The Cannonball Run 1 and 2 1981, 1984 ***

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Of course, purists don’t count 1989’s Speed Zone as part of the franchise; only the two Hal Needham films really belong to the world of the cannonballer. Following on from the mid 1970’s cross-country car-chase boom that included Cannonball, Carquake, Grand Theft Auto, The Gumball Rally and more, The Cannonball Run films essentially lifted Burt Reynolds and his good ol’ boy character from the Smokey and the Bandit films and put him amongst a packed, all-star cast for various motorised shenanigans. There’s actually precious little in the way of stunts or action, and the key members of the cast don’t have much to do; Dean Martin and Sammy Davis Jr waltz around the edges looking frail and unenthused, and the mugging comedy is more likely to come from old-stagers like Charles Nelson Reilly or Jack Elam as it was from top-billed Roger Moore or Frank Sinatra. The latter’s appearance in Cannonball Run II, which features no actual interaction with cast members and appears to have been shot in a different time-zone, is something of a low-point, and the way the cameos are shoe-horned into both films disrupts any narrative tension. But the Cannonball Run films are more interesting in 2019 as a repository of ancient gags and comic turns, from Don Knotts and Tim Conway to Jim Nabors and Doug McClure, The dated jokes about middle-Eastern politics via Jamie Farr’s The Sheik is particularly groan-worthy, but the unfunny antics of Dom DeLuise are a crash-crash all by themselves; the twist is that his rapport with Reynolds, with both seeming to be in a state of severe intoxication, features extensively in the credits/bloopers at the end of the film, and generates more laughs than the scripted material could in a million years.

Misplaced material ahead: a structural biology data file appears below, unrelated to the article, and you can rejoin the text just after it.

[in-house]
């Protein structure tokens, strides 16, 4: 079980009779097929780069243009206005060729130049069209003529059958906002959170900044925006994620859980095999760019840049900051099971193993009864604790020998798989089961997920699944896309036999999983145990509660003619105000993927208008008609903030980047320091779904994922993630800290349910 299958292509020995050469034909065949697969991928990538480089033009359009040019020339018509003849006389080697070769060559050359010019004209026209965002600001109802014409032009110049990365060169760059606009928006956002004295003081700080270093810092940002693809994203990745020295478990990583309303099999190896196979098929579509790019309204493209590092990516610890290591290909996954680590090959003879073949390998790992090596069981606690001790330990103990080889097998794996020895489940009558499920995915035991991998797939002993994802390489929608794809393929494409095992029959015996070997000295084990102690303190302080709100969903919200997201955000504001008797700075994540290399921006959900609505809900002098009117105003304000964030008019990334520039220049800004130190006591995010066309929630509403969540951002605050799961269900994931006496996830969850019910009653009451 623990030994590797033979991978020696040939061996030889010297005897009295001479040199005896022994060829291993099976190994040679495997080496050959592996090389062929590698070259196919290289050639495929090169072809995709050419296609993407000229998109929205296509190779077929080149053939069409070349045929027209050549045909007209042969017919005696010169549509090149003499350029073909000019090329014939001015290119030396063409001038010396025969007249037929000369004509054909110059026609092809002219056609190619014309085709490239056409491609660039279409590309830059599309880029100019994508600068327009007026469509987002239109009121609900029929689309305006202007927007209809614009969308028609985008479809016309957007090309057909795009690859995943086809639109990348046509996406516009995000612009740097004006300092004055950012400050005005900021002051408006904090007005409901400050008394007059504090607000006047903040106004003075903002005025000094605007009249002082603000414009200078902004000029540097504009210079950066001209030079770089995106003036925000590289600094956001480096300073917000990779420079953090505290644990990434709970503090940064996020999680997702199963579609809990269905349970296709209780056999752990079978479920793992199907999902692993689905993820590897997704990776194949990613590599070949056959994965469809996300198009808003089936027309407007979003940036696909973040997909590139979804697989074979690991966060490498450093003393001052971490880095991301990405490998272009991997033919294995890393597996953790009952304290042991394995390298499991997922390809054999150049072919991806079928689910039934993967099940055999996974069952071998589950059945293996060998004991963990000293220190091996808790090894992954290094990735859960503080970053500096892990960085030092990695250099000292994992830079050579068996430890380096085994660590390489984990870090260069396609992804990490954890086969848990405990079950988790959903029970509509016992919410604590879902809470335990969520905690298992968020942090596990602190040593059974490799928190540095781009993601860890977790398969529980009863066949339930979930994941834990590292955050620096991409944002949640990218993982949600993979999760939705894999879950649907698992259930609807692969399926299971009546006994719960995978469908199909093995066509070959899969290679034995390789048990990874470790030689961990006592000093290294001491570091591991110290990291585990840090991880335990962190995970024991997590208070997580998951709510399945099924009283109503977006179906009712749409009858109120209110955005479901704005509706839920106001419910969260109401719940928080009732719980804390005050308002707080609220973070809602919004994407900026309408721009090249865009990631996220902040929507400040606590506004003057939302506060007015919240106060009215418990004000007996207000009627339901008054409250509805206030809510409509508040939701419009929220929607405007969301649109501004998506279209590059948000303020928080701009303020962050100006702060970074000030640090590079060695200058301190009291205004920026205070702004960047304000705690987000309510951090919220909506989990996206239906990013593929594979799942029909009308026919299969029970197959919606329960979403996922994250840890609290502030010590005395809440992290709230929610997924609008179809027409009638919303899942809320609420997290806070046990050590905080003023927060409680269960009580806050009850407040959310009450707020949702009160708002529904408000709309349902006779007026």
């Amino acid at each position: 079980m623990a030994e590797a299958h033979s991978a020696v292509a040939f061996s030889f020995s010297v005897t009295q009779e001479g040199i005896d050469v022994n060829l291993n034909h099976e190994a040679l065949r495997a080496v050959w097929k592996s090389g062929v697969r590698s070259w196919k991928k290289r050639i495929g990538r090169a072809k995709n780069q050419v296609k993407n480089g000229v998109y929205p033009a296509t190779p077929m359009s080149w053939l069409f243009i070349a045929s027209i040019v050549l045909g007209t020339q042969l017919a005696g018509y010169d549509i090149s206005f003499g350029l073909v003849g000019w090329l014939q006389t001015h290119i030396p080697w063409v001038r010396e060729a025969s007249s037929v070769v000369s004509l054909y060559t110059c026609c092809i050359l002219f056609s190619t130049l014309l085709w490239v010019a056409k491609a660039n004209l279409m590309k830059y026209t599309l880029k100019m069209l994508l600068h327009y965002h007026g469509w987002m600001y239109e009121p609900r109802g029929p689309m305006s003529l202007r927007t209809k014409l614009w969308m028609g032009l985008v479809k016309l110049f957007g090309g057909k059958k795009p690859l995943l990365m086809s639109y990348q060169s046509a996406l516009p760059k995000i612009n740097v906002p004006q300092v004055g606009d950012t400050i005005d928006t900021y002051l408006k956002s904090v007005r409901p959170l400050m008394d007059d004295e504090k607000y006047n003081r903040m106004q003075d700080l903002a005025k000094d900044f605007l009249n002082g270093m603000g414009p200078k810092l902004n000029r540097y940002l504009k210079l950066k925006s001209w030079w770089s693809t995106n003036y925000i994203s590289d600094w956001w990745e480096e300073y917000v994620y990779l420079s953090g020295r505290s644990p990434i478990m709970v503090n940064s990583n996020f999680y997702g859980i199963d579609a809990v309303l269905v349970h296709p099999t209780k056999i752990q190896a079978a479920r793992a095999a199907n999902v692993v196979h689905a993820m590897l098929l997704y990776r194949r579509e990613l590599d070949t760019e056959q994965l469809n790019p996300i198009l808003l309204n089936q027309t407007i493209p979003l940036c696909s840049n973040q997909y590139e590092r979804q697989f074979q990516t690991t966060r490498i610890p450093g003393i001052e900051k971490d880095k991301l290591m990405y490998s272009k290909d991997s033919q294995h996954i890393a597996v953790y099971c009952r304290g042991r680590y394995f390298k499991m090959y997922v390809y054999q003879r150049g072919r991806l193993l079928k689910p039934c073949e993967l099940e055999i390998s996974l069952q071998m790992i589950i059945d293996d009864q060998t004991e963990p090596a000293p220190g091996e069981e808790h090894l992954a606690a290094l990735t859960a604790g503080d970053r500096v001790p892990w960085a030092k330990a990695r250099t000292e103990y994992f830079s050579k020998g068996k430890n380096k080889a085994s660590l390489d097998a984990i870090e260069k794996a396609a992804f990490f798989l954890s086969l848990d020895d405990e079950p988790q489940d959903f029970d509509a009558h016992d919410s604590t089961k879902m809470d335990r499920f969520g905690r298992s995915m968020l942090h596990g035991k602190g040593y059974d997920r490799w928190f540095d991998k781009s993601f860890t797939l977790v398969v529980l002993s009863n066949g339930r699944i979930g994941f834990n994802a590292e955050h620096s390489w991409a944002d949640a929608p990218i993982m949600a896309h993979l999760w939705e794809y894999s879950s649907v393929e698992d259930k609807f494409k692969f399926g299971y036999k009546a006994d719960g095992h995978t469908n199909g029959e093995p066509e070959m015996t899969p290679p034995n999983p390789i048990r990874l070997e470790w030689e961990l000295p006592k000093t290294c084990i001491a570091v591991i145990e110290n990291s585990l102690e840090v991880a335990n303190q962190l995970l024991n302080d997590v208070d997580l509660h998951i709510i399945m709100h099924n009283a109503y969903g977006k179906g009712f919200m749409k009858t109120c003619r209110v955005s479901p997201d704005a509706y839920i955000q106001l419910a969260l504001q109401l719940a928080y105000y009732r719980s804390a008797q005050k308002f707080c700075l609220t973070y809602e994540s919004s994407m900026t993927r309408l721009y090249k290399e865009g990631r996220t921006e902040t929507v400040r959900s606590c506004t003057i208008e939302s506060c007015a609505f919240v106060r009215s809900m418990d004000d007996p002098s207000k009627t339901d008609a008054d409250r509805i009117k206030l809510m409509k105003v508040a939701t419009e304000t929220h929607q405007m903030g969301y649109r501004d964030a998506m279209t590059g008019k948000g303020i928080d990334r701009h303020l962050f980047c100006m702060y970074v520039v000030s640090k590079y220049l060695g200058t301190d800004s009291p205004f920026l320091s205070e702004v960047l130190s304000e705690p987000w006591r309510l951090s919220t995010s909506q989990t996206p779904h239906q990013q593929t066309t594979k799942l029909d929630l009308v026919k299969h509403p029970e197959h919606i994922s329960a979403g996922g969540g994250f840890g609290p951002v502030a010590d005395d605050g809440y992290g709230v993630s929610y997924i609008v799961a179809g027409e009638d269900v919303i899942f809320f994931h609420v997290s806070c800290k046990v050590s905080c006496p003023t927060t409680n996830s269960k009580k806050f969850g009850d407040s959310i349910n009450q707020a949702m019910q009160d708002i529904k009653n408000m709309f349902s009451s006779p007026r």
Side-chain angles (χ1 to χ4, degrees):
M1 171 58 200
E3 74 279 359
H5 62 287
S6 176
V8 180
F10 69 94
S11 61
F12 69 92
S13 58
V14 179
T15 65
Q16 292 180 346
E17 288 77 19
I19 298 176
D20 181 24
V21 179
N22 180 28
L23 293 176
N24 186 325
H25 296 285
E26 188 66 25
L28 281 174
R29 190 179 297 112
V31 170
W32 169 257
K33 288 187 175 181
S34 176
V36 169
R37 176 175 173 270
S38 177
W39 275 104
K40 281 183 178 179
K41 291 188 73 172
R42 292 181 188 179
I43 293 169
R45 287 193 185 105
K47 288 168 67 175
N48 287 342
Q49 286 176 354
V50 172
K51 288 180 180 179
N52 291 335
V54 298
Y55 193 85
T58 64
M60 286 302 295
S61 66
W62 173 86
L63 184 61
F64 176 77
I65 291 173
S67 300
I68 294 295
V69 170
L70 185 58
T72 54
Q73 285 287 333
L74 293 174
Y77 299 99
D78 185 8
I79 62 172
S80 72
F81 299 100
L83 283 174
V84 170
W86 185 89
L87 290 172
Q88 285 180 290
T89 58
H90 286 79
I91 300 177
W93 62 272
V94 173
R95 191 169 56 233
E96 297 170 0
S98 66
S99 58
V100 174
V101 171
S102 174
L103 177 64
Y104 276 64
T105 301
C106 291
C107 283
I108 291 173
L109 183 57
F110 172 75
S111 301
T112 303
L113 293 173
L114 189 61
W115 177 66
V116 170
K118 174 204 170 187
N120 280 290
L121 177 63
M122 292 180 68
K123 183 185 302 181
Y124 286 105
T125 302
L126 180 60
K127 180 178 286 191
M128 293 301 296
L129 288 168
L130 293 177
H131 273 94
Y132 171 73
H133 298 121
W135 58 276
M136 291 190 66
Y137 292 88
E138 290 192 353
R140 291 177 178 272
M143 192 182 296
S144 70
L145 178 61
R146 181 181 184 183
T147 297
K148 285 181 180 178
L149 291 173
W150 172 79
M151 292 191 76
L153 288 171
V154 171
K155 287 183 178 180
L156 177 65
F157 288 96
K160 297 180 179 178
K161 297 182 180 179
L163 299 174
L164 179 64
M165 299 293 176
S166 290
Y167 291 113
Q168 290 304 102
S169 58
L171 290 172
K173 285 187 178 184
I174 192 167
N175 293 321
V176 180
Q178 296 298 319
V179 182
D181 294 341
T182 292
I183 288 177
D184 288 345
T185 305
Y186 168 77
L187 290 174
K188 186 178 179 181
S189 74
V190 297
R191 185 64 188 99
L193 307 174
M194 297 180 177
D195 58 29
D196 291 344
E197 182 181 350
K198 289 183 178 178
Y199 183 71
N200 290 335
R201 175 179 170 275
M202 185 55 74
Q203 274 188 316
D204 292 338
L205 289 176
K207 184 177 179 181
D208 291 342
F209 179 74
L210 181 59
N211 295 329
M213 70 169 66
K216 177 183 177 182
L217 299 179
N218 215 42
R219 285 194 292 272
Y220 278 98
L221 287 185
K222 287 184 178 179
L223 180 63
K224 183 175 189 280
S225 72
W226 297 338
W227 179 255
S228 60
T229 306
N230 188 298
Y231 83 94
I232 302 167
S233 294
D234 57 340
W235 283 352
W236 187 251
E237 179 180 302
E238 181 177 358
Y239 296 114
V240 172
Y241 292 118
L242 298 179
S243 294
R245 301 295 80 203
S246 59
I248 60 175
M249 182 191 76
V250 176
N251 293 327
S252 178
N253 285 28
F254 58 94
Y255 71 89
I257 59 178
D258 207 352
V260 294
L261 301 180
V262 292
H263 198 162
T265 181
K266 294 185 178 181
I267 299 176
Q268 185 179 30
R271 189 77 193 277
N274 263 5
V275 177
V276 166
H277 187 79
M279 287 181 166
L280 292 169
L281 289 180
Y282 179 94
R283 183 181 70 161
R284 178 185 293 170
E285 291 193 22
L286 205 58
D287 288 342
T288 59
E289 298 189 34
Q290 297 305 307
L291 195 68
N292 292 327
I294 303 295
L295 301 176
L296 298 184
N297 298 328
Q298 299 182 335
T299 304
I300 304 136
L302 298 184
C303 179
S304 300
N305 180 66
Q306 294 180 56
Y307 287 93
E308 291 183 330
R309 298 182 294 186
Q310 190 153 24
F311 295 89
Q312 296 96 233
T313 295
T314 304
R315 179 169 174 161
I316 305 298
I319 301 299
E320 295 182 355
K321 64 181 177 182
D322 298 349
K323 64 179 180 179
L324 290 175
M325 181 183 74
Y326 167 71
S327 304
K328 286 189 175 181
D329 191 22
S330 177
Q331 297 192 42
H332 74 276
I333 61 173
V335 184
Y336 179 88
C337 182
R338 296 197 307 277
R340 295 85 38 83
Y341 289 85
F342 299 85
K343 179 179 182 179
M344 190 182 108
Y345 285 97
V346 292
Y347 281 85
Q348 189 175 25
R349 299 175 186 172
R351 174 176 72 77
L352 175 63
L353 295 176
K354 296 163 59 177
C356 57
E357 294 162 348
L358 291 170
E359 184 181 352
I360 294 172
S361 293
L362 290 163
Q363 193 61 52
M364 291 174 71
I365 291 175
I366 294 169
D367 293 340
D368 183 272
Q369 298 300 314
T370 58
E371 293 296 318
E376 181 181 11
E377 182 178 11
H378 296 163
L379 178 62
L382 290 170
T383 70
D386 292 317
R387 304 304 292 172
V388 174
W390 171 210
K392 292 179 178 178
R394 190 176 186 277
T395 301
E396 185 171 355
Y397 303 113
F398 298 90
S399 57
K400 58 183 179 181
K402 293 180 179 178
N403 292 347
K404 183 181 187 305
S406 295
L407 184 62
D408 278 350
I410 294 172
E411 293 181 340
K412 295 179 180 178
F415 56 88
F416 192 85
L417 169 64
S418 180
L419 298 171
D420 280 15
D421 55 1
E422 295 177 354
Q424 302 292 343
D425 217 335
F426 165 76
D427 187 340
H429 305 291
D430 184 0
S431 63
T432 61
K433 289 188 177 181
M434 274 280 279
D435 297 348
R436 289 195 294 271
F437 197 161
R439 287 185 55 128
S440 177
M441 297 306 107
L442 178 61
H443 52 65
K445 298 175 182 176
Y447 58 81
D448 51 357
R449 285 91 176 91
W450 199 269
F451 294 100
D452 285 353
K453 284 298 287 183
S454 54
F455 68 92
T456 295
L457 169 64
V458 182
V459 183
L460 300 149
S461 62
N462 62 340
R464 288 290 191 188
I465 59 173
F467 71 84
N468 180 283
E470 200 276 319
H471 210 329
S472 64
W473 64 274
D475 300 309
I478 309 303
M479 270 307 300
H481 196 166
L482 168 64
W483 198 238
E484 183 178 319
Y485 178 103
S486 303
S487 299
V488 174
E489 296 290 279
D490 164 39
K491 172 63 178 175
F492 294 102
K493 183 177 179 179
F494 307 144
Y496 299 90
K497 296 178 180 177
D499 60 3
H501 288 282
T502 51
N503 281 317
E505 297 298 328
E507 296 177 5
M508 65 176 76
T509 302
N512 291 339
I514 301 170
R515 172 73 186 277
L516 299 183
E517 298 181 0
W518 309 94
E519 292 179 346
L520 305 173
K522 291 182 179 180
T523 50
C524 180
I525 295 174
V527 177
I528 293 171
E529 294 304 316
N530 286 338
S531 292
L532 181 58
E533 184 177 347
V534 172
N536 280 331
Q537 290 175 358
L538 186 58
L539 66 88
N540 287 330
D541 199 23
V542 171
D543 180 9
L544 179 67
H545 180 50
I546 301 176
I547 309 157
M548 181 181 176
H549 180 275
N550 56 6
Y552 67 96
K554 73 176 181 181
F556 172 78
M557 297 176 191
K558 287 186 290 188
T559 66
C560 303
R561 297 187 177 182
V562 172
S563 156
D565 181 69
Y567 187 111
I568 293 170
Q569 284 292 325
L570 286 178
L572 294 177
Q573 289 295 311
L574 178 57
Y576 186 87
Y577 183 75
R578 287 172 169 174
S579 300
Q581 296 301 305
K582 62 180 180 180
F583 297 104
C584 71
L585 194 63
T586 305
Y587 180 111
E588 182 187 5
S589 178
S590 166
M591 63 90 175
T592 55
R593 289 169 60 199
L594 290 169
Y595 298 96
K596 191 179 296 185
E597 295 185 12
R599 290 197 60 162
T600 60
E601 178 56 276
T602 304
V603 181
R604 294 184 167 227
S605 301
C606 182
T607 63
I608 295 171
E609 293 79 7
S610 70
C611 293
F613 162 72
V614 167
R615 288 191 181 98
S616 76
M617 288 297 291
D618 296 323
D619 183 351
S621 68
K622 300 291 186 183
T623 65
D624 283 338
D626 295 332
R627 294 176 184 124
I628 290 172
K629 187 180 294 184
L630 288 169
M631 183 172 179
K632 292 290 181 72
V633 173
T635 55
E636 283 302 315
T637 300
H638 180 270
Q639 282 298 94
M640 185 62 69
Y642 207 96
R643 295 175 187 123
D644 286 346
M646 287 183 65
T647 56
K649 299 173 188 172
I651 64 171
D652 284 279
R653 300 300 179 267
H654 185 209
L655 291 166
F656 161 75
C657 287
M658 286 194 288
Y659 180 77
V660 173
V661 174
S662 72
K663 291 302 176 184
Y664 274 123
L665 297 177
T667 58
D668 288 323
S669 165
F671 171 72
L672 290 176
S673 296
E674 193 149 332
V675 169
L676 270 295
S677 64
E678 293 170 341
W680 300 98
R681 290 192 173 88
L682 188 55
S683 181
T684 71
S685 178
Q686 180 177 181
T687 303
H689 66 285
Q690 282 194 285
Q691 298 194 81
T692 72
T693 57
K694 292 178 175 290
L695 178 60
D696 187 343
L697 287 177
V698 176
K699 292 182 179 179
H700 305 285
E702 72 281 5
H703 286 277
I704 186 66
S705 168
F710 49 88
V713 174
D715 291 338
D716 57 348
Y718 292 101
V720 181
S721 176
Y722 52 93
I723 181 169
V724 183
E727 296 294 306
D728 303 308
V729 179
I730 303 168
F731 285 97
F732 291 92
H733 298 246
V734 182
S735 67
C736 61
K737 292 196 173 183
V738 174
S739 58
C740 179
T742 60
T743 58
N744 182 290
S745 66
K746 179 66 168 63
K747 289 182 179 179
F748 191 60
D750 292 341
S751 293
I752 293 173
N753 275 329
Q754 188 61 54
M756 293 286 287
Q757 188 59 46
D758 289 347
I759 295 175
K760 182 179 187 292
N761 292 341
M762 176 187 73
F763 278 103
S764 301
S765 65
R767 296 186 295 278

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The Untouchables 1987 *****

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Sequel and prequels (Capone Rising) have come to nothing; Brian De Palma’s 1987 gangster opus remains one of the best examples of reworking a hit tv show on an epic scale. There’s an operatic sweep to the story of Elliot Ness (Kevin Costner), the FBI-enforcer who sets out to bring down Al Capone (Robert De Niro) with the help of an old Chicago cop (Sean Connery). Also a couple of the effects now show their age, and the film’s budgetary concerns are visible, The Untouchables has one great scene after another; the store bombing, the first border raid and it’s bloody aftermath, the baseball scene, the railway-station shoot out, the show-down with Frank Nitti (the late, great Billy Drago). Costner fits his white-collar character like a glove, and Charles Martin Smith and Andy Garcia make ideal support. David Mamet’s script also crackles with great dialogue, and De Palma’s sweeping camera and desire to entertain made The Untouchables an instant classic.